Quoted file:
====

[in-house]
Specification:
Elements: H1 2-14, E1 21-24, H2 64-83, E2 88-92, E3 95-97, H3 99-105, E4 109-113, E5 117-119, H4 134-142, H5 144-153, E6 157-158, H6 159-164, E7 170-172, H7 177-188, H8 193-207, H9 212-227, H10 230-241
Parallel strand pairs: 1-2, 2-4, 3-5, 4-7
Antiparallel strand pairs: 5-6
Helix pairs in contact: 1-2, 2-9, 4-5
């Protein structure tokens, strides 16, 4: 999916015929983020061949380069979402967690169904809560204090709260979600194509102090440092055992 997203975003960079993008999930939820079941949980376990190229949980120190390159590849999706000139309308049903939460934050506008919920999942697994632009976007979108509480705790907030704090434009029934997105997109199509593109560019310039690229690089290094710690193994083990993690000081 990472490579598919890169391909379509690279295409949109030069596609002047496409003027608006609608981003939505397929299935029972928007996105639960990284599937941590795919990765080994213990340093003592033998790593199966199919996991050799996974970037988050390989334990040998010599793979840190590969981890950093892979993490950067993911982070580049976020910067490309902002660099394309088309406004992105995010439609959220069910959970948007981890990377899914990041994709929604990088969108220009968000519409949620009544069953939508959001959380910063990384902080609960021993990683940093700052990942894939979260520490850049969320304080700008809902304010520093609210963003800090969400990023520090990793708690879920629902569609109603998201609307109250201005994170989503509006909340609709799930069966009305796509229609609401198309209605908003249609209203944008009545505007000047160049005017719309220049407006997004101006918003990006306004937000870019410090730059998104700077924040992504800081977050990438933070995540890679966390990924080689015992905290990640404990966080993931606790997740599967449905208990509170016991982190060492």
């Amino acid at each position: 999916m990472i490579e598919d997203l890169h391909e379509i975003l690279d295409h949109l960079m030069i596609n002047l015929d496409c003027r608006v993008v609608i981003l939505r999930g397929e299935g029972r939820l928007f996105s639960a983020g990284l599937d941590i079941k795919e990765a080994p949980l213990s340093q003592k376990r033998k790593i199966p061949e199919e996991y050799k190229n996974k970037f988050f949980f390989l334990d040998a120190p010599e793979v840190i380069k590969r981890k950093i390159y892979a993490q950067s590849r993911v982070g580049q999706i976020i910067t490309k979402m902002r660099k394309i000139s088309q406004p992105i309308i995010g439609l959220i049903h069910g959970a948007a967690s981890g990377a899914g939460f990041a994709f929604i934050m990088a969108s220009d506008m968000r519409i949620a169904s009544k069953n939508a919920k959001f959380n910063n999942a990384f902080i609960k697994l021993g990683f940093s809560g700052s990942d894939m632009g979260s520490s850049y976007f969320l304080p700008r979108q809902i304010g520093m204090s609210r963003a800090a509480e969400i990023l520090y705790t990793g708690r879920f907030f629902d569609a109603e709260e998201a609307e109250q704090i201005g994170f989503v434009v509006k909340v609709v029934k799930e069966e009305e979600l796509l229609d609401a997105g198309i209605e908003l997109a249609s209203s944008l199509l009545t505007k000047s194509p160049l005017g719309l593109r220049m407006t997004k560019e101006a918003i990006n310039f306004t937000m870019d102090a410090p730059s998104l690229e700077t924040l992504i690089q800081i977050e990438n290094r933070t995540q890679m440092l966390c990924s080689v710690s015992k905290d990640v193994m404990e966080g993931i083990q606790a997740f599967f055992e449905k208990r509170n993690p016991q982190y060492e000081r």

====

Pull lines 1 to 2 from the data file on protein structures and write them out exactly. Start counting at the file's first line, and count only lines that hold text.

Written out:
[in-house]
Specification: